In my experience a locked (read-only) disk in OS X means one of two things: An incompatible filesystem (Like Windows NTFS) or a dying drive. Yours is certainly not the former and likely the latter.
First, see if it can be repaired because it's worth a shot. Open Disk Utility from within the Recovery partition that it boots you into. Highlight your drive on the left-side column (You should see two hard drive icons. The top one represents the physical device and the lower one, indented, represents the volume that the computer sees) and then click the "Repair Disk" button on the right-side panel. See what it spits out at you in the log. Basically red text bad, green text good.
If it tells you the disk was repaired (green text): Restart the Mac and see if it boots up correctly. If it doesn't try holding option on boot and selecting your hard drive as the boot device. If you get back into the system successfully, BACK UP YOUR FILES with Time Machine or your preferred method to another disk.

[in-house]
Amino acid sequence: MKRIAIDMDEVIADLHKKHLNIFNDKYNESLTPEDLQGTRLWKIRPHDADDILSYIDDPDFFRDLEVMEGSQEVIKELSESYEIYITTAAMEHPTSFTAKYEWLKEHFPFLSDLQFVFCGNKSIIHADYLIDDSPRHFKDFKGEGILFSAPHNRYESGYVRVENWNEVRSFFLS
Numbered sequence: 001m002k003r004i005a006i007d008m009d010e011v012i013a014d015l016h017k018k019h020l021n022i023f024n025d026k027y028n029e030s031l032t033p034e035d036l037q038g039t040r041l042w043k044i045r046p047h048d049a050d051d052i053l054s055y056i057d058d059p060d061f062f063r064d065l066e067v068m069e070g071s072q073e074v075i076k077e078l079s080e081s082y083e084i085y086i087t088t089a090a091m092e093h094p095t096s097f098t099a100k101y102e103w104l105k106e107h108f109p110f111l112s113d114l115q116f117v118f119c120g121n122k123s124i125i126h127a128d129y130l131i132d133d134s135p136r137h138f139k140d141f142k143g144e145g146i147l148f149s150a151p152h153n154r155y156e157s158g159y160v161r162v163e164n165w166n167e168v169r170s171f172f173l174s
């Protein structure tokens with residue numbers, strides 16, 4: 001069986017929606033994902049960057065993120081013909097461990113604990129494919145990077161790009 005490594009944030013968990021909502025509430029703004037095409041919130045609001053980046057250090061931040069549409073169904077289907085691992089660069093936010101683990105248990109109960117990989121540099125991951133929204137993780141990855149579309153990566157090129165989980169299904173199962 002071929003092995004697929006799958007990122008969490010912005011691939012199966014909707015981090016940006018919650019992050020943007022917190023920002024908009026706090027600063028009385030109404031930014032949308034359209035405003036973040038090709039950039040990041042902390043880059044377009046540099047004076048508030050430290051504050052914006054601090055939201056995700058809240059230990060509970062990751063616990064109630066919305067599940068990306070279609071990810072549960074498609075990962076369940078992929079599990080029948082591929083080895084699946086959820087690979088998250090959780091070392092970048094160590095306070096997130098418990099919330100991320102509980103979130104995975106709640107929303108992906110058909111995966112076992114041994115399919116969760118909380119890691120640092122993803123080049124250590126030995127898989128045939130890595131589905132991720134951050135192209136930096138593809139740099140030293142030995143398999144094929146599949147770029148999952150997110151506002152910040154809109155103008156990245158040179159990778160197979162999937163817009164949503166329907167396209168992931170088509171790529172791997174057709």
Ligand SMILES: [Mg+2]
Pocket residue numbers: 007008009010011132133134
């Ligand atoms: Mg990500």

If it tells you the disk couldn't be repaired (red text): Your drive might be failing. If you plug an external drive into the computer, you can use Disk Utility's Restore tab to clone your hard drive to the external drive. Source = your drive and Destination = the external drive (You can drag and drop them from the left column. Note: Make sure the external drive is blank because restoring wipes the destination drive before copying.
Once you've restored you could try booting off the external drive (Option on startup, select external drive) and doing the restore process in reverse.